Freeport, historical society sued over fall on sidewalk
A McCandless couple has sued Freeport Borough and the Freeport Area Historical Society, claiming a deteriorated sidewalk on Fifth Street led to a fall that caused serious injuries.
In a lawsuit filed on Monday in the Armstrong County Court, Patricia Moore, 61, claims that in September 2010 she tripped and fell on an “uneven and raised” portion of the concrete sidewalk in front of 230 Fifth St.
Moore suffered a fractured wrist and other injuries as well as emotional distress, the Moores claim in the lawsuit. The couple is seeking damages for loss of income and pain and suffering.
The Moores say the borough and historical society had a responsibility to maintain the sidewalk.
The building and property is owned by the now defunct historical society, but the nonprofit never occupied the dilapidated building, which the borough paid to have demolished over the summer.
Borough Solicitor Gerald DeAngelis said the borough never had a connection to the property and, according to borough ordinance, the property owner is responsible for maintaining the sidewalk in front of their property.
When the borough learned of the lawsuit via a summons, DeAngelis said he offered to give the Moores the property at 230 Fifth St.
“That's the only asset the society would have owned,” he said. “And I'm in the process of liening it for the cost of the demolition.”
Pittsburgh attorney John Bryan, who is representing the Moores, declined to comment beyond what appears in the complaint.
The matter is being handled by the borough's insurance carrier, DeAngelis said.
Jodi Weigand is a staff writer for Trib Total Media. She can be reached at 724-226-4702 or email@example.com.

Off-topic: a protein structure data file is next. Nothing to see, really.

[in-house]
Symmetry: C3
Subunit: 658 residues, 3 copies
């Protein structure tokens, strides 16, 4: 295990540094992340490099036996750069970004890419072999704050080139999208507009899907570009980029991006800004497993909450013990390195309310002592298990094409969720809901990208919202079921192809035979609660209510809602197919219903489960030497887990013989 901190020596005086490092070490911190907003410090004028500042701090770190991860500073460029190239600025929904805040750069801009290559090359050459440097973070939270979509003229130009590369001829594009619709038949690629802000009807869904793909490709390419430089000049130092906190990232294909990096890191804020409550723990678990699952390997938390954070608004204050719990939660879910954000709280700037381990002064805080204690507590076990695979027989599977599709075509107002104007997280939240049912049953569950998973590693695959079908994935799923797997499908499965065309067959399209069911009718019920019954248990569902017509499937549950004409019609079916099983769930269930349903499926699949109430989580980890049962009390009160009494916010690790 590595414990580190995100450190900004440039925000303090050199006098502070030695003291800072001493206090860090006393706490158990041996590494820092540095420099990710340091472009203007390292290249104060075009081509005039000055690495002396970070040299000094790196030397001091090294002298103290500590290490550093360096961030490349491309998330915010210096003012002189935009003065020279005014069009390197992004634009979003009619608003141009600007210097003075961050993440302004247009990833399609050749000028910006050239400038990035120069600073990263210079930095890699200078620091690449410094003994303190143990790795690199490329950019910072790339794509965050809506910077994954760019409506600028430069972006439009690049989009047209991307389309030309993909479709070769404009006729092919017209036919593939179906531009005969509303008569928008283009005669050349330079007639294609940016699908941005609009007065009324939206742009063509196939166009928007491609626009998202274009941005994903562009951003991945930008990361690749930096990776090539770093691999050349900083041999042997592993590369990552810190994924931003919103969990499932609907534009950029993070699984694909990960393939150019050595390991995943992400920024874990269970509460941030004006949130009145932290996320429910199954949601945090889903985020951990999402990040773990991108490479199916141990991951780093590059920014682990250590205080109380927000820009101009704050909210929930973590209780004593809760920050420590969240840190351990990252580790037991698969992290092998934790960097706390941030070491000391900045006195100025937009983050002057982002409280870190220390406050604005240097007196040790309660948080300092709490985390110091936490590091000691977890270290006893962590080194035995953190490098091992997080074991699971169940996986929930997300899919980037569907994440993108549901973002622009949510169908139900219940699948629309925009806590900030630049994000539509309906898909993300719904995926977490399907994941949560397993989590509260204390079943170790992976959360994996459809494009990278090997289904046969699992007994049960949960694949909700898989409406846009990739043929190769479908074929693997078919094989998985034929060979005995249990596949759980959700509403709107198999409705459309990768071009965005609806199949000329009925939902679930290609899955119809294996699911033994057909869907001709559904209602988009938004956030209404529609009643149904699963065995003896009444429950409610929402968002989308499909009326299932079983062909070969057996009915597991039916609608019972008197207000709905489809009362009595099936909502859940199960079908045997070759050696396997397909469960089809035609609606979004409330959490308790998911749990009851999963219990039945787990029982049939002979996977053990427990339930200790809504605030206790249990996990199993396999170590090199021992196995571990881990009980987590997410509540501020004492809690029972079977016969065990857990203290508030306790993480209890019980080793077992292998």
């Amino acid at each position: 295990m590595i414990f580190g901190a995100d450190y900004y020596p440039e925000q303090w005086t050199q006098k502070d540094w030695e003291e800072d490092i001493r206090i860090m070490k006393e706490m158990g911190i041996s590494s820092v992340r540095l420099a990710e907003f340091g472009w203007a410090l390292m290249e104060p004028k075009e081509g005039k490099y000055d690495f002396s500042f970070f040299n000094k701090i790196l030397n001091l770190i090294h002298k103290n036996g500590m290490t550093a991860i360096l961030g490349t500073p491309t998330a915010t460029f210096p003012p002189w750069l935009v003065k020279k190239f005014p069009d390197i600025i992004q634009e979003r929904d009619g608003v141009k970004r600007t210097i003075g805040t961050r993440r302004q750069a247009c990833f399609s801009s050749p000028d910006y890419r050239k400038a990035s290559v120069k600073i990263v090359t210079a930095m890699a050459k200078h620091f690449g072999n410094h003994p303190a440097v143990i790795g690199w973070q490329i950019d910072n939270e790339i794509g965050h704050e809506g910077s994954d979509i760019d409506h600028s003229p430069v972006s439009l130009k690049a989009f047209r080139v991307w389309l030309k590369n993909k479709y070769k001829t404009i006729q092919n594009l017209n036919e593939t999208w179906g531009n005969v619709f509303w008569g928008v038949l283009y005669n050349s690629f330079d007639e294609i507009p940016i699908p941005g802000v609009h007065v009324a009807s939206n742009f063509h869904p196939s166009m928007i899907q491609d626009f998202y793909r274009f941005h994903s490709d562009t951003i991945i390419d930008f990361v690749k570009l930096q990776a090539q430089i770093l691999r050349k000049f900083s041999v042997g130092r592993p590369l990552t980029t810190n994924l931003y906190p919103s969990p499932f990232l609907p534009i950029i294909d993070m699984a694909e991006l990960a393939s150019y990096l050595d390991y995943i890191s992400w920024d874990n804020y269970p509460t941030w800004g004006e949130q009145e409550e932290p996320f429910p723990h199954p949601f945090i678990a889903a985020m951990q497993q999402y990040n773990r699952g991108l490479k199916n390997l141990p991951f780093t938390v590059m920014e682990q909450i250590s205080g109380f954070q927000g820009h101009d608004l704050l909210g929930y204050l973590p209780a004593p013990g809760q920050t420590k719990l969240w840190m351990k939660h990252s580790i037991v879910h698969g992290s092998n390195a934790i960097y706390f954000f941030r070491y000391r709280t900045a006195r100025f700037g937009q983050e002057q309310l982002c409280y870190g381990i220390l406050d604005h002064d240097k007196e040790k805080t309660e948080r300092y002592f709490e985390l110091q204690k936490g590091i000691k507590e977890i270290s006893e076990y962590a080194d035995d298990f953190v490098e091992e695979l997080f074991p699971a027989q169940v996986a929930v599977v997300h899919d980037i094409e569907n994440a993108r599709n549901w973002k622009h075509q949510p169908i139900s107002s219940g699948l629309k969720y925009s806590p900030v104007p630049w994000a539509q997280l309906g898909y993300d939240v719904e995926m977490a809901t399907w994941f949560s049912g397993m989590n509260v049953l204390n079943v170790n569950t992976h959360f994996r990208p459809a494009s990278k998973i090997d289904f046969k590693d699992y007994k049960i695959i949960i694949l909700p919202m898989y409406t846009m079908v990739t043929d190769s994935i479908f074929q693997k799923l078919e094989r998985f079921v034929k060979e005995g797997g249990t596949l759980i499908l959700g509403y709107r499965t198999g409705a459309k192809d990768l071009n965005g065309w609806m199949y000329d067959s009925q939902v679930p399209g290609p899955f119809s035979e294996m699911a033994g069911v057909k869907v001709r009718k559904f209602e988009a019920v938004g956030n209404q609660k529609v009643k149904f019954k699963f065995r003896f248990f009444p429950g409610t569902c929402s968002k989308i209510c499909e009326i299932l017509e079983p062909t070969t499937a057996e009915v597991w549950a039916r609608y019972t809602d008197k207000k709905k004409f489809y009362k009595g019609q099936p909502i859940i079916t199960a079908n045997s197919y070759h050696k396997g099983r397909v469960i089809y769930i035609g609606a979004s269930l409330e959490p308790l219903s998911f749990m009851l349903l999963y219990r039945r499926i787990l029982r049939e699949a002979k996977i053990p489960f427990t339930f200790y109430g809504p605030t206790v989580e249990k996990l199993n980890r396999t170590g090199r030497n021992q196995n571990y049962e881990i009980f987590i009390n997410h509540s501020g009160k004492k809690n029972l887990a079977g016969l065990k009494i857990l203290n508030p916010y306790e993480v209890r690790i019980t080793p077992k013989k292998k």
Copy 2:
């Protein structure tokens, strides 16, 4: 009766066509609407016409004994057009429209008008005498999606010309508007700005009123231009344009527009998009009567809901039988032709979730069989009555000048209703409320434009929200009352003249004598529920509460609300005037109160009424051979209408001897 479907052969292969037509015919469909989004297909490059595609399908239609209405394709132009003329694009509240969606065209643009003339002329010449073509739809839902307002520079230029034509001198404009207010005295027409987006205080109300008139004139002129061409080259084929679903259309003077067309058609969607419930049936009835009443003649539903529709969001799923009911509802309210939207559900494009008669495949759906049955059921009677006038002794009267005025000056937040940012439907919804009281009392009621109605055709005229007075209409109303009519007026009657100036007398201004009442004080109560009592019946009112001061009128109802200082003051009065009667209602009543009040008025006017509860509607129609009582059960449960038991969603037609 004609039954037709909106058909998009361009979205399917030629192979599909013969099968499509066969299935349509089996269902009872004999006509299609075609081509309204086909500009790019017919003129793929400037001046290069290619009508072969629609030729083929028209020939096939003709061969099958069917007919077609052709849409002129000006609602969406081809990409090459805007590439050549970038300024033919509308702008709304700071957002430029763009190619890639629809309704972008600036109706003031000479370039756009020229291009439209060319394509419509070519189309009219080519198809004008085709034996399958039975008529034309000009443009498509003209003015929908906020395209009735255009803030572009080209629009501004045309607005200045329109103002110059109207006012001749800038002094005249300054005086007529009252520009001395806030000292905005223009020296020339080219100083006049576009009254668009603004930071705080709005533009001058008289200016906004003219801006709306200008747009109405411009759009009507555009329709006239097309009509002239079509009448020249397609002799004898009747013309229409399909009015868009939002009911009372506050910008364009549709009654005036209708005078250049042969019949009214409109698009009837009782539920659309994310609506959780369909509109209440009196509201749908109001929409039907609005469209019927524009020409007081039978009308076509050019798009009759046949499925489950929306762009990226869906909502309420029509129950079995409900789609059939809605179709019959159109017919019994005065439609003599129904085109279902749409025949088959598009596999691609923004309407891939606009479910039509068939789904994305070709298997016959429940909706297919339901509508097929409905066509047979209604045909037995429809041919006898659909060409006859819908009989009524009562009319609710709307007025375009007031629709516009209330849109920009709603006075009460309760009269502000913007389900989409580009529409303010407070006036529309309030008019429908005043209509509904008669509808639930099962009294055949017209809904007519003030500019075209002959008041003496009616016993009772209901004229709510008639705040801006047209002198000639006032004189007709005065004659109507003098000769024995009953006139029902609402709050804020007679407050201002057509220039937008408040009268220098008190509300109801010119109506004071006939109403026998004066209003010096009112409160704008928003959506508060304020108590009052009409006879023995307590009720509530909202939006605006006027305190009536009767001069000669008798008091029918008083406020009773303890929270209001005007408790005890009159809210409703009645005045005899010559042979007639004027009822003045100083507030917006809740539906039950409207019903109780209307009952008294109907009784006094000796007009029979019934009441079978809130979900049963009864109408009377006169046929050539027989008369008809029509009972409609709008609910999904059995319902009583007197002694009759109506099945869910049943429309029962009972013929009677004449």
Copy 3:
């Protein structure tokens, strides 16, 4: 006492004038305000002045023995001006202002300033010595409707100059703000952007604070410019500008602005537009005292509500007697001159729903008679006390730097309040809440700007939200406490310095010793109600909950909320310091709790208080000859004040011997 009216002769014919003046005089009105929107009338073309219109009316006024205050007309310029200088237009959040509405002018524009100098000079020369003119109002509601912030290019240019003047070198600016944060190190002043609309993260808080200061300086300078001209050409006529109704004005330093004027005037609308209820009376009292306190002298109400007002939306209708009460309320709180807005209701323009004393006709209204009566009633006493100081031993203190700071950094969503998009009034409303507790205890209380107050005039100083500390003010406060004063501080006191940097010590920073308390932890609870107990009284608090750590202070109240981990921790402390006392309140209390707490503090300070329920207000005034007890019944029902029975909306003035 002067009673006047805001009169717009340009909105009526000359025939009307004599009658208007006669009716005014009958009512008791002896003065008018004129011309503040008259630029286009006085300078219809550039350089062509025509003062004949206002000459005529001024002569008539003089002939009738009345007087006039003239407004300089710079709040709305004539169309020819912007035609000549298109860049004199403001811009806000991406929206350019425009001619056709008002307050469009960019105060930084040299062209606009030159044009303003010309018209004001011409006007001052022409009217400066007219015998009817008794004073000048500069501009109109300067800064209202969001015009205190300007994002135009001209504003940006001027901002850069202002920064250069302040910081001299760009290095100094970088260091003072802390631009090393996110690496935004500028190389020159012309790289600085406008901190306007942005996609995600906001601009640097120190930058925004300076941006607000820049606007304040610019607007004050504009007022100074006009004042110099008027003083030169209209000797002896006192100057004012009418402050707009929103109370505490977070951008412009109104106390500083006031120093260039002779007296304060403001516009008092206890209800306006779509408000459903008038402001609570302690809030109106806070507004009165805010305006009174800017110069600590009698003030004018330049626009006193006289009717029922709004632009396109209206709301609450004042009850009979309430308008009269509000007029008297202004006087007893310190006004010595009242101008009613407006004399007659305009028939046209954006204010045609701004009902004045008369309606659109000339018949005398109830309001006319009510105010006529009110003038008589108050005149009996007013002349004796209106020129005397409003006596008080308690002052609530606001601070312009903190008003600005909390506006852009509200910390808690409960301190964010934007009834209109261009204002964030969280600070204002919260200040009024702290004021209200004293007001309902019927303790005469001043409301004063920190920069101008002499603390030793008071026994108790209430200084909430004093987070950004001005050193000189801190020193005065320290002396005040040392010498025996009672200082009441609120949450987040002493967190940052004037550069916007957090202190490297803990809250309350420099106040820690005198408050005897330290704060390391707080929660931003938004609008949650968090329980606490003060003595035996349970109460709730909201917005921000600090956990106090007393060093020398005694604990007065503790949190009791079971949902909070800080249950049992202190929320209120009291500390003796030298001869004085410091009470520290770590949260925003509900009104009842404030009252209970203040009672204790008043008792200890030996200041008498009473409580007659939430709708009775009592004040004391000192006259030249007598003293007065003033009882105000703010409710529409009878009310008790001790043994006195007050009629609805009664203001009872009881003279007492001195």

More Valley News Dispatch
TribLive commenting policy
You are solely responsible for your comments and by using TribLive.com you agree to our Terms of Service.
We moderate comments. Our goal is to provide substantive commentary for a general readership. By screening submissions, we provide a space where readers can share intelligent and informed commentary that enhances the quality of our news and information.
While most comments will be posted if they are on-topic and not abusive, moderating decisions are subjective. We will make them as carefully and consistently as we can. Because of the volume of reader comments, we cannot review individual moderation decisions with readers.
We value thoughtful comments representing a range of views that make their point quickly and politely. We make an effort to protect discussions from repeated comments â either by the same reader or different readers.
We follow the same standards for taste as the daily newspaper. A few things we won't tolerate: personal attacks, obscenity, vulgarity, profanity (including expletives and letters followed by dashes), commercial promotion, impersonations, incoherence, proselytizing and SHOUTING. Don't include URLs to Web sites.
We do not edit comments. They are either approved or deleted. We reserve the right to edit a comment that is quoted or excerpted in an article. In this case, we may fix spelling and punctuation.
We welcome strong opinions and criticism of our work, but we don't want comments to become bogged down with discussions of our policies and we will moderate accordingly.
We appreciate it when readers and people quoted in articles or blog posts point out errors of fact or emphasis and will investigate all assertions. But these suggestions should be sent via e-mail. To avoid distracting other readers, we won't publish comments that suggest a correction. Instead, corrections will be made in a blog post or in an article.